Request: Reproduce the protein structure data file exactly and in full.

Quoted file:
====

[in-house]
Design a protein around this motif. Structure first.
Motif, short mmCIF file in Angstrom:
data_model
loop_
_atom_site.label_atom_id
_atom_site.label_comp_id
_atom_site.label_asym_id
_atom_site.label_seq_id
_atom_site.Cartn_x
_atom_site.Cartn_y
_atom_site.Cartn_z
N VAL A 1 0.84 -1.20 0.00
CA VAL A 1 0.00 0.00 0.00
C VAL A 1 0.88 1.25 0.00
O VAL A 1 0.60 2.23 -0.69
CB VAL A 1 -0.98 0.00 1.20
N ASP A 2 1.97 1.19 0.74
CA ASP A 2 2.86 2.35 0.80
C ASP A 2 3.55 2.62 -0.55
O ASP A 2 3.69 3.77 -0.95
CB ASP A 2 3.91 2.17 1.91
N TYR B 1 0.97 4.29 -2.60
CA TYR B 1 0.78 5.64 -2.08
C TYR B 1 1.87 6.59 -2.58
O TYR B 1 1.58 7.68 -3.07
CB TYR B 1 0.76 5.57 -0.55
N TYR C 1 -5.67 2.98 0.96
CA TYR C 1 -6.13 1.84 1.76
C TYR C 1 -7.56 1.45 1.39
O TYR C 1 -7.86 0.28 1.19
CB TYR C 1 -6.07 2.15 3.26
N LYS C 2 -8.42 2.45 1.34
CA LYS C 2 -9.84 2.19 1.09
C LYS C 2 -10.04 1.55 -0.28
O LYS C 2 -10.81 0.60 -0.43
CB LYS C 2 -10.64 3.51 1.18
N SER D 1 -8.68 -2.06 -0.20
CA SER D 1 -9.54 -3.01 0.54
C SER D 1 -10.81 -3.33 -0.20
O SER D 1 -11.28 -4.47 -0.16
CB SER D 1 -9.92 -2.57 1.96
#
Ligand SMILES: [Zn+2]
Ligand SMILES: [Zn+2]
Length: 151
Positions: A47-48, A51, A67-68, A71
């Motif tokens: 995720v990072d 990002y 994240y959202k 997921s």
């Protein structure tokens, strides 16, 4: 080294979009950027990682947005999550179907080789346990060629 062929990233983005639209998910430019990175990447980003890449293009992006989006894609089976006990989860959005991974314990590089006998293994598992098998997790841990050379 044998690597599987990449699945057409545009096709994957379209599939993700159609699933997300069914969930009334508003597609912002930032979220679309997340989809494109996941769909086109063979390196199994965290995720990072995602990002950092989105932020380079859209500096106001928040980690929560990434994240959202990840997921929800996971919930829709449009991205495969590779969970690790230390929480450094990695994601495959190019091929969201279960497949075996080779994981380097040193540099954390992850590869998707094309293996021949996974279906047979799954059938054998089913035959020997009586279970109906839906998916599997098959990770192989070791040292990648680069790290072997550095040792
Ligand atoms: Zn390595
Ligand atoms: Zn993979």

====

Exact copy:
[in-house]
Design a protein around this motif. Structure first.
Motif, short mmCIF file in Angstrom:
data_model
loop_
_atom_site.label_atom_id
_atom_site.label_comp_id
_atom_site.label_asym_id
_atom_site.label_seq_id
_atom_site.Cartn_x
_atom_site.Cartn_y
_atom_site.Cartn_z
N VAL A 1 0.84 -1.20 0.00
CA VAL A 1 0.00 0.00 0.00
C VAL A 1 0.88 1.25 0.00
O VAL A 1 0.60 2.23 -0.69
CB VAL A 1 -0.98 0.00 1.20
N ASP A 2 1.97 1.19 0.74
CA ASP A 2 2.86 2.35 0.80
C ASP A 2 3.55 2.62 -0.55
O ASP A 2 3.69 3.77 -0.95
CB ASP A 2 3.91 2.17 1.91
N TYR B 1 0.97 4.29 -2.60
CA TYR B 1 0.78 5.64 -2.08
C TYR B 1 1.87 6.59 -2.58
O TYR B 1 1.58 7.68 -3.07
CB TYR B 1 0.76 5.57 -0.55
N TYR C 1 -5.67 2.98 0.96
CA TYR C 1 -6.13 1.84 1.76
C TYR C 1 -7.56 1.45 1.39
O TYR C 1 -7.86 0.28 1.19
CB TYR C 1 -6.07 2.15 3.26
N LYS C 2 -8.42 2.45 1.34
CA LYS C 2 -9.84 2.19 1.09
C LYS C 2 -10.04 1.55 -0.28
O LYS C 2 -10.81 0.60 -0.43
CB LYS C 2 -10.64 3.51 1.18
N SER D 1 -8.68 -2.06 -0.20
CA SER D 1 -9.54 -3.01 0.54
C SER D 1 -10.81 -3.33 -0.20
O SER D 1 -11.28 -4.47 -0.16
CB SER D 1 -9.92 -2.57 1.96
#
Ligand SMILES: [Zn+2]
Ligand SMILES: [Zn+2]
Length: 151
Positions: A47-48, A51, A67-68, A71
């Motif tokens: 995720v990072d 990002y 994240y959202k 997921s």
């Protein structure tokens, strides 16, 4: 080294979009950027990682947005999550179907080789346990060629 062929990233983005639209998910430019990175990447980003890449293009992006989006894609089976006990989860959005991974314990590089006998293994598992098998997790841990050379 044998690597599987990449699945057409545009096709994957379209599939993700159609699933997300069914969930009334508003597609912002930032979220679309997340989809494109996941769909086109063979390196199994965290995720990072995602990002950092989105932020380079859209500096106001928040980690929560990434994240959202990840997921929800996971919930829709449009991205495969590779969970690790230390929480450094990695994601495959190019091929969201279960497949075996080779994981380097040193540099954390992850590869998707094309293996021949996974279906047979799954059938054998089913035959020997009586279970109906839906998916599997098959990770192989070791040292990648680069790290072997550095040792
Ligand atoms: Zn390595
Ligand atoms: Zn993979």